Health Research

For over 30 years, the California Walnut Commission (CWC) has supported health-related research on walnuts through research grants and the provision of walnuts. Research priorities are identified in consultation with our Health Research Advisory Group. More than 170 CWC-supported, peer-reviewed papers have been published examining the effect of walnut consumption on heart health, bone health, cognition, cancer, diabetes, metabolic syndrome, body weight & composition, reproductive health, in addition to studies to ascertain walnut micronutrients and bioactive composition.  Additional CWC funding has supported the inclusion of walnuts in healthy diets, such as the Mediterranean diet. The CWC is committed to building a strong foundation of high-quality scientific evidence, from in vitro and animal research in the early stages of exploration to observational epidemiological and clinical intervention studies that determine the health effects of walnut consumption in people.

The CWC has invested approximately $20 million in health research in 10 countries working with more than 65 institutions and universities. The results support health claims in the EU and the US.

To explore the California Walnut Commission supported research publications: 

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Health and Nutrition Claims

Heart health*

Since 1993, published research has been investigating how eating walnuts affects various heart health biomarkers and risk markers. Due to the evidence supporting the cardiovascular benefits of walnuts, the U.S. Food and Drug Administration approved one of the first qualified health claims for a whole food in March of 2004: “Supportive but not conclusive research shows that eating 1.5 ounces of walnuts per day, as part of a low saturated fat and low cholesterol diet, and not resulting in increased caloric intake may reduce the risk of coronary heart disease.” The European Union has also acknowledged walnuts‘ contribution to cardiovascular health with the following exclusive walnut health claim: “Walnuts contribute to the improvement of the elasticity of the blood vessels.”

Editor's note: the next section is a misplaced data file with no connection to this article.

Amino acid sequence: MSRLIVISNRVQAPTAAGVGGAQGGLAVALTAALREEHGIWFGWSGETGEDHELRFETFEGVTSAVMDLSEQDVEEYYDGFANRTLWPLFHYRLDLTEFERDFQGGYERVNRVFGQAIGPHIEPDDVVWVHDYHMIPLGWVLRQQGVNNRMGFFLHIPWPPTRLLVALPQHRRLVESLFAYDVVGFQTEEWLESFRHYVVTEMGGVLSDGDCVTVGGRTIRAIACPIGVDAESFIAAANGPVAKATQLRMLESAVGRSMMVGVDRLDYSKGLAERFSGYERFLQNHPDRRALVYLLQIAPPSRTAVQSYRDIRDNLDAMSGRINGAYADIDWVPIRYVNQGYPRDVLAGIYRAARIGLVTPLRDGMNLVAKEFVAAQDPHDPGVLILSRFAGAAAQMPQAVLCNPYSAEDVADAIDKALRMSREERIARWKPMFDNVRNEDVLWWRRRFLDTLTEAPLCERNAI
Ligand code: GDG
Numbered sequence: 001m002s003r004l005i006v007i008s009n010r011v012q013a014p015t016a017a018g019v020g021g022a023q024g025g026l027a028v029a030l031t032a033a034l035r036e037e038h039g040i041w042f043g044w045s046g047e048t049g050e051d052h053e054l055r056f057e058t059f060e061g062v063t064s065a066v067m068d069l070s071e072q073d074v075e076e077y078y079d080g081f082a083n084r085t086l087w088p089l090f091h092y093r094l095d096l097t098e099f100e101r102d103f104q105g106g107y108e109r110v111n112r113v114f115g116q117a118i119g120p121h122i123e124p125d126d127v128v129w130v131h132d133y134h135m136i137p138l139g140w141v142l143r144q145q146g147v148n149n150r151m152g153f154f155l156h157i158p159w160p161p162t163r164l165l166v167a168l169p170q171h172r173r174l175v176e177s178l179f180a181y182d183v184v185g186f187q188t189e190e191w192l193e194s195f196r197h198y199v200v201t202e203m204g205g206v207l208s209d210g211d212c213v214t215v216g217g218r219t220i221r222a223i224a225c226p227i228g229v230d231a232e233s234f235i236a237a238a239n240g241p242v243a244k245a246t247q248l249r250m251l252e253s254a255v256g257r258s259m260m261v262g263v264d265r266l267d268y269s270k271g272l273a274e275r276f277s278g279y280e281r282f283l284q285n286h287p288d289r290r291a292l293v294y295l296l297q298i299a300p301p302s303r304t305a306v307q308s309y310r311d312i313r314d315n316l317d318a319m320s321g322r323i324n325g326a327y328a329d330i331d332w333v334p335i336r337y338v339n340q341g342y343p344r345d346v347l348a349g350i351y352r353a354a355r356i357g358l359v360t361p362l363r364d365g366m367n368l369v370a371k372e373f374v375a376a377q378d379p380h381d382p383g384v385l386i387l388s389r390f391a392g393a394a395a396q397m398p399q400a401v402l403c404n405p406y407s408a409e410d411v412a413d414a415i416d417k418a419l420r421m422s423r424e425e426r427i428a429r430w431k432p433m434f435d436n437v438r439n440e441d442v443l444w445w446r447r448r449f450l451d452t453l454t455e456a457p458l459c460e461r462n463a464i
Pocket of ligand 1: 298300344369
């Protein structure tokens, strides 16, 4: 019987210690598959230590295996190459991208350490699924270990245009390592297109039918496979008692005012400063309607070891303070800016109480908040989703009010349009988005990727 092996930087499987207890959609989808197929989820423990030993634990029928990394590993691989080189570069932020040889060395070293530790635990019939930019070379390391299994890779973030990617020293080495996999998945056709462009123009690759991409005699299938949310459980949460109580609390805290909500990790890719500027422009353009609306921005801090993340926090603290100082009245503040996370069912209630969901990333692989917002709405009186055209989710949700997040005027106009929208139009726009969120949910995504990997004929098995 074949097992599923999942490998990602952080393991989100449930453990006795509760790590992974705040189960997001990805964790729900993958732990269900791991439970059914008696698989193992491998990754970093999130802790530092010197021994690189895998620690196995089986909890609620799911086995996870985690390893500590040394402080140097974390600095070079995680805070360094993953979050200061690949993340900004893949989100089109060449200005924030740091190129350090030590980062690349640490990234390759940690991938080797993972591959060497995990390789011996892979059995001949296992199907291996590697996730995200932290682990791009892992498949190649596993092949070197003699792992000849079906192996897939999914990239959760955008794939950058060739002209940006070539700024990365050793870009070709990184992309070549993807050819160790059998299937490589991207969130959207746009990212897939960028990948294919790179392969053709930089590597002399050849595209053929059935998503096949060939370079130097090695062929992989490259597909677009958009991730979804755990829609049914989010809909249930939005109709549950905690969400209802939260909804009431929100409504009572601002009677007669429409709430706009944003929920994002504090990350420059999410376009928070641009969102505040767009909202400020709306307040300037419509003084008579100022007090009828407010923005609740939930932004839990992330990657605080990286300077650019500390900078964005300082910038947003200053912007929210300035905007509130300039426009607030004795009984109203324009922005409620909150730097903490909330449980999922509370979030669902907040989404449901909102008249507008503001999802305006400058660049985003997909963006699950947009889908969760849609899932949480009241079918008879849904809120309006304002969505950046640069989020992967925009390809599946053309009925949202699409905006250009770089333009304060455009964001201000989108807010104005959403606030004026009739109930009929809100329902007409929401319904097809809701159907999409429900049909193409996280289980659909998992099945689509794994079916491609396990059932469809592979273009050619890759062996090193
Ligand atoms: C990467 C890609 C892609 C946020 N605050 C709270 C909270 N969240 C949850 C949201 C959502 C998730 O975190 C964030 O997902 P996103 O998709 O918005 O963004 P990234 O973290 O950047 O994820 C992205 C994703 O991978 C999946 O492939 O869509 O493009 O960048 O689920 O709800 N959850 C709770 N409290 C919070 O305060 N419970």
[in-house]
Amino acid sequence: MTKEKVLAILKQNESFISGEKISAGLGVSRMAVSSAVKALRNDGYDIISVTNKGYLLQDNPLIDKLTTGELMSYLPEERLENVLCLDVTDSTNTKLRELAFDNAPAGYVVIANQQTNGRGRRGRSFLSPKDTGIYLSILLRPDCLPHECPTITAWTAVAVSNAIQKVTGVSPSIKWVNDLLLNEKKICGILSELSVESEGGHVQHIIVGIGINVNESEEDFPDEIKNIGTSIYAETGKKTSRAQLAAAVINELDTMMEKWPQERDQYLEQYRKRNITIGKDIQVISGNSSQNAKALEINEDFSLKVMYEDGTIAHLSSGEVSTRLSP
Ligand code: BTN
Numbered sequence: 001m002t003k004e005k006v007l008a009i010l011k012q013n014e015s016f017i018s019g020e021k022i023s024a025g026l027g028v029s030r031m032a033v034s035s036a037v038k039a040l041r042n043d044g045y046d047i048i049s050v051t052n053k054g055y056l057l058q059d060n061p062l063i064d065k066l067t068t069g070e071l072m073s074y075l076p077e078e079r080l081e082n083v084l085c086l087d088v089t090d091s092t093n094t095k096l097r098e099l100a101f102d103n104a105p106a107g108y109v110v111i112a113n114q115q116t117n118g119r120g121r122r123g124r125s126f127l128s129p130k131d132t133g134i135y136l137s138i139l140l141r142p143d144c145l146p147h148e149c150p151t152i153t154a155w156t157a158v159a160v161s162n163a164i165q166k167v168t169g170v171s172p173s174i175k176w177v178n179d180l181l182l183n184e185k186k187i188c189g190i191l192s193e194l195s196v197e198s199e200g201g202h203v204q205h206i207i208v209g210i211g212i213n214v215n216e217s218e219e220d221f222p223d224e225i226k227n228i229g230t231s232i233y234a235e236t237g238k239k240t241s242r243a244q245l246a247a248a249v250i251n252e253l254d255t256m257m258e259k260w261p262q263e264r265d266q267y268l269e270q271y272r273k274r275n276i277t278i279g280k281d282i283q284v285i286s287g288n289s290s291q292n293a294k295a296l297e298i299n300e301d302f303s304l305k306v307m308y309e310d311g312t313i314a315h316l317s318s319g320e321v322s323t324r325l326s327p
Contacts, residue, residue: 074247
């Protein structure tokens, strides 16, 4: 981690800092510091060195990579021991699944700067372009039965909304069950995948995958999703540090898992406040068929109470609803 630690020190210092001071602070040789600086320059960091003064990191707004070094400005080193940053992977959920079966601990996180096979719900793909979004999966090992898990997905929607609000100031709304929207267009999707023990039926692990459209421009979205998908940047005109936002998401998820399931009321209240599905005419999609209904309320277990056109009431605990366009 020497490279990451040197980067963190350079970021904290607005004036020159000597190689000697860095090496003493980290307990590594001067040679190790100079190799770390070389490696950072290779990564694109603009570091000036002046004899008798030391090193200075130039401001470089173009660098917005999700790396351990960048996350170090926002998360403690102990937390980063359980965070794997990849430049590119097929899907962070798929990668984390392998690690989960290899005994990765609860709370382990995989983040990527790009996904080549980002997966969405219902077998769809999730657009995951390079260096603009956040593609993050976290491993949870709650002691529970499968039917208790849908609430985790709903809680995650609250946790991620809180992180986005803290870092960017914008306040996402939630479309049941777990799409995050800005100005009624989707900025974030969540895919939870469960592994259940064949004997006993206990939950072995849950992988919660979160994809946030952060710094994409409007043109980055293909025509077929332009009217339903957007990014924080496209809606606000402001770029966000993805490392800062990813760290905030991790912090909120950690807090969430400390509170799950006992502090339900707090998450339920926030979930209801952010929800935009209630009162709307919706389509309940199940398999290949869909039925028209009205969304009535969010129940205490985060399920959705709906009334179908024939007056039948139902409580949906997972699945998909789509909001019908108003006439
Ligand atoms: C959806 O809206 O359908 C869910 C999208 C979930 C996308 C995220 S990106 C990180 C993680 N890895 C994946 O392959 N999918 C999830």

High cholesterol is a risk factor in the development of coronary heart disease. Research specific to ALA and its contribution to health benefits continues to evolve, but it indicates that they can help maintain heart health and lower cholesterol levels. Walnuts are a rich source of the plant-based essential omega-3 alpha-linolenic acid (ALA) and heart healthy polyunsaturated fats. Replacing saturated fat with unsaturated fats has been shown to reduce blood cholesterol and contributes to the maintenance of normal blood cholesterol levels. Linoleic acid also contributes to the maintenance of normal blood cholesterol levels.

Walnuts are a source of potassium which contributes to the maintenance of normal blood pressure.

Walnuts are a rich source of thiamin which contributes to the normal function of the heart.

Walnuts are a rich source of Vitamin B6 and folate which contribute to normal homocysteine metabolism.

California Walnuts have the heart healthy seal of approval from the heart health charity, Heart UK.  www.heartuk.org.uk

Cognitive Health

Walnuts are a rich source of thiamin, vitamin B6 and a source of magnesium and biotin which contribute to normal psychological function.

Walnuts are a source of Pantothenic acid which contributes to normal mental performance.

Walnuts are a source of iron and zinc which contributes to normal cognitive function. Iron also contributes to the normal cognitive development of children.

Diabetes

A portion (30g) of walnuts contains 1g of carbohydrate, is a source of fibre and is a heart healthy, low GI choice.

Gut health

Walnuts are a source of fibre and have the potential to act as prebiotics.1 One portion of walnuts provide 1.4g of fibre (5% of recommended daily target of 30g/day for adults).